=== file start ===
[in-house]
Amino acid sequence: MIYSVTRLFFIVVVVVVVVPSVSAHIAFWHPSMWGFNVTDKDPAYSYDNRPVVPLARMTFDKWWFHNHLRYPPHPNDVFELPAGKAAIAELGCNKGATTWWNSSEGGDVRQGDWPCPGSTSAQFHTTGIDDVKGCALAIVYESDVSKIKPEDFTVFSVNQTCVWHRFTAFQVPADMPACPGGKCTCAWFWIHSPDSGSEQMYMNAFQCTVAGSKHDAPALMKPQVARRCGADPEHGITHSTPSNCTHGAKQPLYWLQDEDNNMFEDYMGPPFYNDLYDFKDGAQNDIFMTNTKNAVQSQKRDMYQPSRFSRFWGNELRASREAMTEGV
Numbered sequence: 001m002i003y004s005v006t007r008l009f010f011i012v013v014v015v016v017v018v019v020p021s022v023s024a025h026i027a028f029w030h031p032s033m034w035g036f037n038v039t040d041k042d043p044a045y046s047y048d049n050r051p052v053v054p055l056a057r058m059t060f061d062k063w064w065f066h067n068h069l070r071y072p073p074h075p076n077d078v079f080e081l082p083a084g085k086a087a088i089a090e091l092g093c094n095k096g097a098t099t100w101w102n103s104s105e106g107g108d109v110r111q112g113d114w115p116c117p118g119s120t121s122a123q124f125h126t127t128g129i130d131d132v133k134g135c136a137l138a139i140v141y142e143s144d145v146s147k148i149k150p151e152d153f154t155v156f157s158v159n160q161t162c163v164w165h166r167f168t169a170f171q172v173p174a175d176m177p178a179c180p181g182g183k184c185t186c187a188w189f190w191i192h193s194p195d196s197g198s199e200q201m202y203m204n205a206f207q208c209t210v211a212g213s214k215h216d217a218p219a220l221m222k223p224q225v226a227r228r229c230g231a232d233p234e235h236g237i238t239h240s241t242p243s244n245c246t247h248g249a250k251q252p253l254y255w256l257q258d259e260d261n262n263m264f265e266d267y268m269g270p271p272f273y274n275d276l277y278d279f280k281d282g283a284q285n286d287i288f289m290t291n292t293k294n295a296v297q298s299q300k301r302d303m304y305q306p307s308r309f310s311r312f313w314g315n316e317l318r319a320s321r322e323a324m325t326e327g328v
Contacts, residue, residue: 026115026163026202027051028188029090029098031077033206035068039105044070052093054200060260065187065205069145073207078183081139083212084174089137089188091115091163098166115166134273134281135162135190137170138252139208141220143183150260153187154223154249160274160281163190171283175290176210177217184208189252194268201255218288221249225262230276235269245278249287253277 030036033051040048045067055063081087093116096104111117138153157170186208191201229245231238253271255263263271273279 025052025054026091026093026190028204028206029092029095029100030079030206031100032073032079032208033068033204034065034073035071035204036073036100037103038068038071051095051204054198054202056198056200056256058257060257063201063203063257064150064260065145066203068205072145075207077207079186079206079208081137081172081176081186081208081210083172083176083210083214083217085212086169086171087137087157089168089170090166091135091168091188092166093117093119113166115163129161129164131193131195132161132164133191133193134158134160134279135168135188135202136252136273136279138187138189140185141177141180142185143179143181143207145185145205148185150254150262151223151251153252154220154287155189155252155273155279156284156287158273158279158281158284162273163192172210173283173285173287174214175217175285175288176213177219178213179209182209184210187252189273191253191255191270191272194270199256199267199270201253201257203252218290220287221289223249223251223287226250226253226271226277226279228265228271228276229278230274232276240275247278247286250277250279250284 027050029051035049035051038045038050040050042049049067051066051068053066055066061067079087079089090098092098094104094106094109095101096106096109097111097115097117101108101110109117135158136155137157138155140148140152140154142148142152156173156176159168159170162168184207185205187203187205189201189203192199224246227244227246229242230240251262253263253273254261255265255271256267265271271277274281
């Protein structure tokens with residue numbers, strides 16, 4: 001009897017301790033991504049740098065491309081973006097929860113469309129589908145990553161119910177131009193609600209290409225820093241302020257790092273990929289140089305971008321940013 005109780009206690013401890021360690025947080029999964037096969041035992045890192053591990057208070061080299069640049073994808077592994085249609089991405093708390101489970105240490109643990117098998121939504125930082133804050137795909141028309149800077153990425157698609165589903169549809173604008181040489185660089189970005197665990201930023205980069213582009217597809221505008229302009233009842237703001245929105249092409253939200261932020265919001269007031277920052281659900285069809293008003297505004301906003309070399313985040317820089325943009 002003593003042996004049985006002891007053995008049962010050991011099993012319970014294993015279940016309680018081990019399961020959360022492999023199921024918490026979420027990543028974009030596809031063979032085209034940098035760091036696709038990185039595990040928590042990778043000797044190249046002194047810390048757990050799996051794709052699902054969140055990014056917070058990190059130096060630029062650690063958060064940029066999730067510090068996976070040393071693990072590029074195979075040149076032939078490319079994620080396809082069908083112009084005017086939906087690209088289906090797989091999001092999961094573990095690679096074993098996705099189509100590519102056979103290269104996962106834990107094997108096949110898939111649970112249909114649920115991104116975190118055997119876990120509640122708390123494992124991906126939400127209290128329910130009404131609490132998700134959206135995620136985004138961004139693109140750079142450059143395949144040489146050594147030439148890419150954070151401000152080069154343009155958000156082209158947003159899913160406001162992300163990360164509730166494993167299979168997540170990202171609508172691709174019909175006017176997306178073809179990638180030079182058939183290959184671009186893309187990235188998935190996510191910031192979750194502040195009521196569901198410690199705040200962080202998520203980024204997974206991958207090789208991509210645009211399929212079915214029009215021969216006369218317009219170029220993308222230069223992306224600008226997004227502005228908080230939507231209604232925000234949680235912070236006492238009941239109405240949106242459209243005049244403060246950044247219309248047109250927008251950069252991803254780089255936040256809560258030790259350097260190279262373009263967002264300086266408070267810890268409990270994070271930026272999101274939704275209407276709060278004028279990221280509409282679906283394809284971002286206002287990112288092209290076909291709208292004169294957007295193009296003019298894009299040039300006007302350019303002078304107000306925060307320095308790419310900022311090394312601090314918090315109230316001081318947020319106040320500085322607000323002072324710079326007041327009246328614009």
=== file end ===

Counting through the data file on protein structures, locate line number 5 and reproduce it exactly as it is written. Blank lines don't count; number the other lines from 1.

């Protein structure tokens with residue numbers, strides 16, 4: 001009897017301790033991504049740098065491309081973006097929860113469309129589908145990553161119910177131009193609600209290409225820093241302020257790092273990929289140089305971008321940013 005109780009206690013401890021360690025947080029999964037096969041035992045890192053591990057208070061080299069640049073994808077592994085249609089991405093708390101489970105240490109643990117098998121939504125930082133804050137795909141028309149800077153990425157698609165589903169549809173604008181040489185660089189970005197665990201930023205980069213582009217597809221505008229302009233009842237703001245929105249092409253939200261932020265919001269007031277920052281659900285069809293008003297505004301906003309070399313985040317820089325943009 002003593003042996004049985006002891007053995008049962010050991011099993012319970014294993015279940016309680018081990019399961020959360022492999023199921024918490026979420027990543028974009030596809031063979032085209034940098035760091036696709038990185039595990040928590042990778043000797044190249046002194047810390048757990050799996051794709052699902054969140055990014056917070058990190059130096060630029062650690063958060064940029066999730067510090068996976070040393071693990072590029074195979075040149076032939078490319079994620080396809082069908083112009084005017086939906087690209088289906090797989091999001092999961094573990095690679096074993098996705099189509100590519102056979103290269104996962106834990107094997108096949110898939111649970112249909114649920115991104116975190118055997119876990120509640122708390123494992124991906126939400127209290128329910130009404131609490132998700134959206135995620136985004138961004139693109140750079142450059143395949144040489146050594147030439148890419150954070151401000152080069154343009155958000156082209158947003159899913160406001162992300163990360164509730166494993167299979168997540170990202171609508172691709174019909175006017176997306178073809179990638180030079182058939183290959184671009186893309187990235188998935190996510191910031192979750194502040195009521196569901198410690199705040200962080202998520203980024204997974206991958207090789208991509210645009211399929212079915214029009215021969216006369218317009219170029220993308222230069223992306224600008226997004227502005228908080230939507231209604232925000234949680235912070236006492238009941239109405240949106242459209243005049244403060246950044247219309248047109250927008251950069252991803254780089255936040256809560258030790259350097260190279262373009263967002264300086266408070267810890268409990270994070271930026272999101274939704275209407276709060278004028279990221280509409282679906283394809284971002286206002287990112288092209290076909291709208292004169294957007295193009296003019298894009299040039300006007302350019303002078304107000306925060307320095308790419310900022311090394312601090314918090315109230316001081318947020319106040320500085322607000323002072324710079326007041327009246328614009």